Subject: Re: [harryproa] Re: Sunday sail
From: jerry freedomev
Date: 2/22/2006, 6:20 AM

                Hi Robert and All,

Robert <> wrote:
-If a crabclaw or lateen rig could be shunted as easily and safely I
would go for them.
        Why not? They are as easy to shunt as most other rigs. It depends on how you make them.
        If one was to use an A frame mast, you could just slide the base of the yard on a track fairly easily.
        And no reason they be slow as Steve Brown and I designed built the Java Cat with Steve doing the shape, layout and I doing the engineering details, used a lanteen rig on it and hit 25kts one night.
         While hard to see, it uses a low set mast that was designed to lower the mast easily as the owner lived behind a low bridge. But the mast was built from ply/epoxy in a foil shape and worked very well. We could raise, lower it in under 5 minutes singlehandedly.
         For proas, you put the A frame base inward of the mast and a track on the leaward deck just like a mainsheet traveler.
With carbon fibre yards and quality cut cloth,
      Why would one need carbon fiber? Wood/epoxy will do wonders and has worked well on the Java for 15 yrs now. A lanteen, Crab claw are inheritly low stress rigs and why they were used early.
      If I was doing a Harry Proa, I'd make a rotating wing mast of wood/epoxy that either had a stub on the bottom of it or fit over an upright stub coming up from the deck to pivot on.  
       And why would 2 smaller masts be harder to take down, put up that a larger single one?
they shouldn't point that much lower and they are a lifting rig to
avoid the perennial problem of a depressed lee bow that no amount of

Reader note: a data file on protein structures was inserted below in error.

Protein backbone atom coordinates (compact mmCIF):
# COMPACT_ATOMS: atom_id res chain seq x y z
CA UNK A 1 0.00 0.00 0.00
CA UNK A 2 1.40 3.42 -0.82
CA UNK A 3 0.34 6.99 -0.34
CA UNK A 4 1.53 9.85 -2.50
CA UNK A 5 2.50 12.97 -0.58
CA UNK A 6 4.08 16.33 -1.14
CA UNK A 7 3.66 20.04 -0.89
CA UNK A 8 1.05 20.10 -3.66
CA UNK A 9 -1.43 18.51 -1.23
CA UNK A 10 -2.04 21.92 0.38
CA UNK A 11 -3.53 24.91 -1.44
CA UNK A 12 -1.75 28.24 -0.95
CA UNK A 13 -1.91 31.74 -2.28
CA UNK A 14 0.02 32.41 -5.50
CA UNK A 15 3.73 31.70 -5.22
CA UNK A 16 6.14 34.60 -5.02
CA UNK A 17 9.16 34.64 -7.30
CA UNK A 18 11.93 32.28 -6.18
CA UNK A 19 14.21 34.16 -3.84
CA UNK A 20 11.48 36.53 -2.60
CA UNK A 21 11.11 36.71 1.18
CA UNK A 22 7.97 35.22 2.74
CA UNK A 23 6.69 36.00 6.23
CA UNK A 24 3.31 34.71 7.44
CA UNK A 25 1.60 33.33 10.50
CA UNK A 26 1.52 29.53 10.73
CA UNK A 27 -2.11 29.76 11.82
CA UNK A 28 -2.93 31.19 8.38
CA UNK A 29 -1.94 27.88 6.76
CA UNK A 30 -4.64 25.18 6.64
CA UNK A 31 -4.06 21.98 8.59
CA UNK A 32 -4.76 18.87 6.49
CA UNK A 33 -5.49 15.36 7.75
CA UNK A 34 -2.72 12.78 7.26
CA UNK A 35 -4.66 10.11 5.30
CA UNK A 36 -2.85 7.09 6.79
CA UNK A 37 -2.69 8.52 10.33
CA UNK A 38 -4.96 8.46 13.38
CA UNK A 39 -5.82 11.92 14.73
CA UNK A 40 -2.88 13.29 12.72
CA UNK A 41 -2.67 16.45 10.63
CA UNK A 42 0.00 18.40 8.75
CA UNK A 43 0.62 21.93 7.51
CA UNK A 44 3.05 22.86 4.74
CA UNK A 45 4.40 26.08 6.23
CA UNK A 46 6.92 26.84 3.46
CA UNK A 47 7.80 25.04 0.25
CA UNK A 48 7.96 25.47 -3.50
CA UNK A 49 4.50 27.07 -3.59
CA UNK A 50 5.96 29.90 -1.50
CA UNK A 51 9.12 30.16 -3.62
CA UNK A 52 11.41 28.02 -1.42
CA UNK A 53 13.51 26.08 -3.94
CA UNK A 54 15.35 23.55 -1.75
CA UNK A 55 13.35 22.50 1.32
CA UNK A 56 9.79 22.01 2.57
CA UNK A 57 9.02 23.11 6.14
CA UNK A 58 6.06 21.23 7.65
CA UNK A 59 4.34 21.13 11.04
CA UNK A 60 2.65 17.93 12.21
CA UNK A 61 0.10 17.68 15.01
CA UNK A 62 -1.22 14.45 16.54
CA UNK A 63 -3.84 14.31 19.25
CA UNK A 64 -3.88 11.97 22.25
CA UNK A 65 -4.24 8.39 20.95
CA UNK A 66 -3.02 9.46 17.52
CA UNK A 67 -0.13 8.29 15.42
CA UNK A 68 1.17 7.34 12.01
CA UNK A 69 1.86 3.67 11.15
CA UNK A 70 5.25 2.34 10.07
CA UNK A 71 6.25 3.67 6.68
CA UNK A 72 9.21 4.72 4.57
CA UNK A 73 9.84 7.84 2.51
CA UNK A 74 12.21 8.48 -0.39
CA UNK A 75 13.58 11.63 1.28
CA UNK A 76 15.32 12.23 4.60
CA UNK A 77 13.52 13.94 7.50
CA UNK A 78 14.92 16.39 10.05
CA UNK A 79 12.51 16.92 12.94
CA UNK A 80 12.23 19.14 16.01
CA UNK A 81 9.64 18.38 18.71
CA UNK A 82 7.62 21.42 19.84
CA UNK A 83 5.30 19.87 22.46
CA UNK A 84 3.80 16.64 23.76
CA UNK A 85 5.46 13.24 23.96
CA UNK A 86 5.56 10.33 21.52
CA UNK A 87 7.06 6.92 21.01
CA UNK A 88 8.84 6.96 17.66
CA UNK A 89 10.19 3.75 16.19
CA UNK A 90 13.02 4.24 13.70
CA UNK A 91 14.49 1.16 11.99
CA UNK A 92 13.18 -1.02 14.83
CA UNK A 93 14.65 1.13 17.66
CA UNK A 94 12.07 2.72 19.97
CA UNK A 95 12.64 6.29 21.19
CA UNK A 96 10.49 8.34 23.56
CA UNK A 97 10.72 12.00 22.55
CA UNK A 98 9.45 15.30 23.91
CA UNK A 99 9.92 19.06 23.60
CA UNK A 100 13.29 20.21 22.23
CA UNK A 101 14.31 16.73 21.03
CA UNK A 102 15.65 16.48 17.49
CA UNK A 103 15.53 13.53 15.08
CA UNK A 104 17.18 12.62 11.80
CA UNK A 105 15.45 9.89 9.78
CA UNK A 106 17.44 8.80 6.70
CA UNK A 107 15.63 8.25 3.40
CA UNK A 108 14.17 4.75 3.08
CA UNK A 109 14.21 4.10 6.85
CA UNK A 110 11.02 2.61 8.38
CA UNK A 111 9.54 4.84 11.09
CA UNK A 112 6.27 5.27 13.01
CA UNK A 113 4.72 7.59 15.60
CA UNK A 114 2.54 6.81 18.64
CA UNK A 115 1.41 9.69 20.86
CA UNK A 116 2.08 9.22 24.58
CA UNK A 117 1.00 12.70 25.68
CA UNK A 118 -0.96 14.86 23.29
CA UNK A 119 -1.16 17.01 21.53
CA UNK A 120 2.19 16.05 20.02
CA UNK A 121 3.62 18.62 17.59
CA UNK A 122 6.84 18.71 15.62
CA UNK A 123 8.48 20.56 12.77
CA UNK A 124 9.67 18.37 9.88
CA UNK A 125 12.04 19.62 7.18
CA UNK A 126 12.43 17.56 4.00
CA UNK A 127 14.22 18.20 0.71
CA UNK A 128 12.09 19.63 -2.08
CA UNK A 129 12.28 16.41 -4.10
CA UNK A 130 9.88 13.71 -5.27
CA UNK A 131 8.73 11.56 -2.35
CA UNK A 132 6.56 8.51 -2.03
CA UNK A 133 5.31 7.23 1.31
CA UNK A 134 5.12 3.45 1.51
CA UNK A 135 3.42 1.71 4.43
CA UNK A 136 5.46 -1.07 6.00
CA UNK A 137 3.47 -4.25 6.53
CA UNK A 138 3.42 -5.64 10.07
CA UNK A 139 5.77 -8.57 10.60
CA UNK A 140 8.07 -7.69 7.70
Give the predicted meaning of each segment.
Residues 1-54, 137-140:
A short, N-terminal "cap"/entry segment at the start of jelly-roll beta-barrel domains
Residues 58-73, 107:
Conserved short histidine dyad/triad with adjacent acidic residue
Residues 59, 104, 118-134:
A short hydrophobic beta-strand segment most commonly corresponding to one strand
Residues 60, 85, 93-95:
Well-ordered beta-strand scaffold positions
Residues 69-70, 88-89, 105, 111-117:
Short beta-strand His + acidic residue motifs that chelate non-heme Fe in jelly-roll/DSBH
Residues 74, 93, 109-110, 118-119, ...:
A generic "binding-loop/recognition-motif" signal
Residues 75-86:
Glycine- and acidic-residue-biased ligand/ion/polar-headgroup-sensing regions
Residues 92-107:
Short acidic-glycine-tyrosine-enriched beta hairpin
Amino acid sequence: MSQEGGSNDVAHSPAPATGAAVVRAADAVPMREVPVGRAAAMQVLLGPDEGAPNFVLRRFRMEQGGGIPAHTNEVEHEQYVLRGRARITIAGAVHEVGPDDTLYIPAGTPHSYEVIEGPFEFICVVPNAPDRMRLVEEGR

prozac can fix.
I am more appreciating John Hitch's rigs on his personal catamarans
based on the mast way back and nothing but jibs.
      I can think of few rigs with higher loads and worse windward performance than 2 jibs alone going to weather.
The easy rig is starting to look better. Visionarry seemed to sail
pretty flat

Thankfully the effect of the depressed bow decreases for the same
speed as you get bigger.
         That's only true if you are lighter compared to the bows bouyancy.
This offsets the effect of human ballast
movement decreasing

-- In, carlos Solanilla
<carlosproacarlos@y...> wrote:
> I wonder how feaseable is to buid a una rig for shunting but with a
sliding mast base track so to avoid having a board. It would be
probably more inclined and the base of the sail with a high cut.
> dominiquebovey <dominiquebovey@y...> wrote:  Hi,
> all this looks as if the schooner rig efficiency is much less than
> one of the una rig. My feeling is that the forward sail disturbs the
> rear sail to the point the latter could actually be almost only drag
> and no propulsion.
        While in many mono's that may be true but in lightweight boats that can't go thru waves by weight, inertia, you must fall off somewhat and gain speed to get to windward fastest. So in these and most other points of sail, a 2 sail rig will beat out a single sail rig most of the time.
        Also lower aspect ratio sails on our bosts will usually beat high aspect ratio ones in all round performance. Plus they have much lower stresses, heeling moments making them much safer, easier to handle. 
                     Jerry Dycus

> I would really be interested to see an easy rig compared to the una,
> but I am starting to think it might not be much more efficient than
> the una. But hey, in racing even 0.1kn is something. On class C wing
> masts you almost always have "deflectors" in the wing mast leading
> edge, to force the air going faster on the extrados (depression
> of the wing. In an easyrig the jib plays this role.

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